Our collection of children's picture books featuring Black and Indigenous people and People of Color (BIPOC) is available to the public. You can use the Search Tool below to find titles. *Inclusion of a title in the collection DOES NOT EQUAL recommendation.* See our related readings page for suggested tools for evaluating books.
You can find titles by typing a keyword into the search bar below (e.g. adoption, birthday, holidays, princess, dinosaur, etc.), or by selecting one or a combo of filters on the left.
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Cross Group 41
When Bilal and his sister transfer to a school where they are the only Muslims, they must learn how to fit in while staying true to their beliefs and heritage
When Sofie calls her grandmother in Senegal on Sundays, she complains about the ugliness of the city she now lives in, but her life changes when she makes a new friend
"Beside every person's shoulder there are two angels. They are known as the Kiraman Katibin (the noble scribes). They write down every deed from a person's first day to their last. Inside this book you will find out all about them"-- Back cover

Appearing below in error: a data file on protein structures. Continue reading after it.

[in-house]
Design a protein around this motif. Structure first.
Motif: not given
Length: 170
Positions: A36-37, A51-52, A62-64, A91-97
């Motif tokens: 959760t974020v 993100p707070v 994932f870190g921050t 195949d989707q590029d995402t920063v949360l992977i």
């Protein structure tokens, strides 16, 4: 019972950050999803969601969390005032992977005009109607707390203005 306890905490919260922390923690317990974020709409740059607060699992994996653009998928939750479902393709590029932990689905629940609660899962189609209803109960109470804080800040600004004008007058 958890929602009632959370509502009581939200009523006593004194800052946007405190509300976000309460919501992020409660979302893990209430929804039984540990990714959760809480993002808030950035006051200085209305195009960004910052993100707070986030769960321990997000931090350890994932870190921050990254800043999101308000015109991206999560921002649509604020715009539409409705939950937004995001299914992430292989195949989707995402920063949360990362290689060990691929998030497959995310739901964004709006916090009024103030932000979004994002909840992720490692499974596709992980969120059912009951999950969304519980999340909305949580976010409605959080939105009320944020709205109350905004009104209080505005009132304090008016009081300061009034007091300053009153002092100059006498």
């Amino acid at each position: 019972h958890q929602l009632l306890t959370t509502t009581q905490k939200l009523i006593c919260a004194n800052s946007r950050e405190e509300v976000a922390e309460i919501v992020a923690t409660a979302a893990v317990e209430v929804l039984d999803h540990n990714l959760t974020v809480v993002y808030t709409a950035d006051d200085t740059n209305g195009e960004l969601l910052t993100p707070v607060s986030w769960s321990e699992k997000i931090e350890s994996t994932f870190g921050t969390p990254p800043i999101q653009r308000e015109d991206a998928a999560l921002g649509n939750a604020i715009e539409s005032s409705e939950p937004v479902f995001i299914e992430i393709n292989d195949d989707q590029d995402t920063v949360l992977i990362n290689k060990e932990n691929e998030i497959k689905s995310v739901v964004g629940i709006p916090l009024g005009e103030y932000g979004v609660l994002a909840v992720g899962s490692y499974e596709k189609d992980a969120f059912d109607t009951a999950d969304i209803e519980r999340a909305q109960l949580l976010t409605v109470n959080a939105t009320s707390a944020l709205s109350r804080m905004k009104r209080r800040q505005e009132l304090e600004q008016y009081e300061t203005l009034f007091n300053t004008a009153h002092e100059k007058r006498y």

"Tells the story in pictures of a family newly immigrated to the United States and the challenges of starting a life in a new place"--Provided by publisher
A young boy describes the events and activities that make Sunday a special day
"Ted and Betsy Lewin describe the landscapes, people, and activities they encounter during a trip to Mongolia for Naadam, the annual summer festival where child jockeys ride half-wild horses for miles across the Mongolian steppe"--Provided by publisher
"World travelers Ted and Betsy Lewin recount how the trained elephants of southern India, in particular the one chosen to be the lead elephant in the Mysore Dasara, are raised, cared for, and prepared for performing in ceremonial processions. Includes background information and glossary"--Provided by publisher
Told in alternating voices, four friends from the same New Orleans neighborhood describe what happens to them and their community when they are separated, then reunited, as a result of Hurricane Katrina
During the Great Depression, Marshall, an African American boy, uses lessons learned in arithmetic class and guidance from his mother to figure out how many beans are in a jar in order to win her a new sewing machine in a contest
"The true story of a little girl who made an impossible dream achievable"--|cProvided by publisher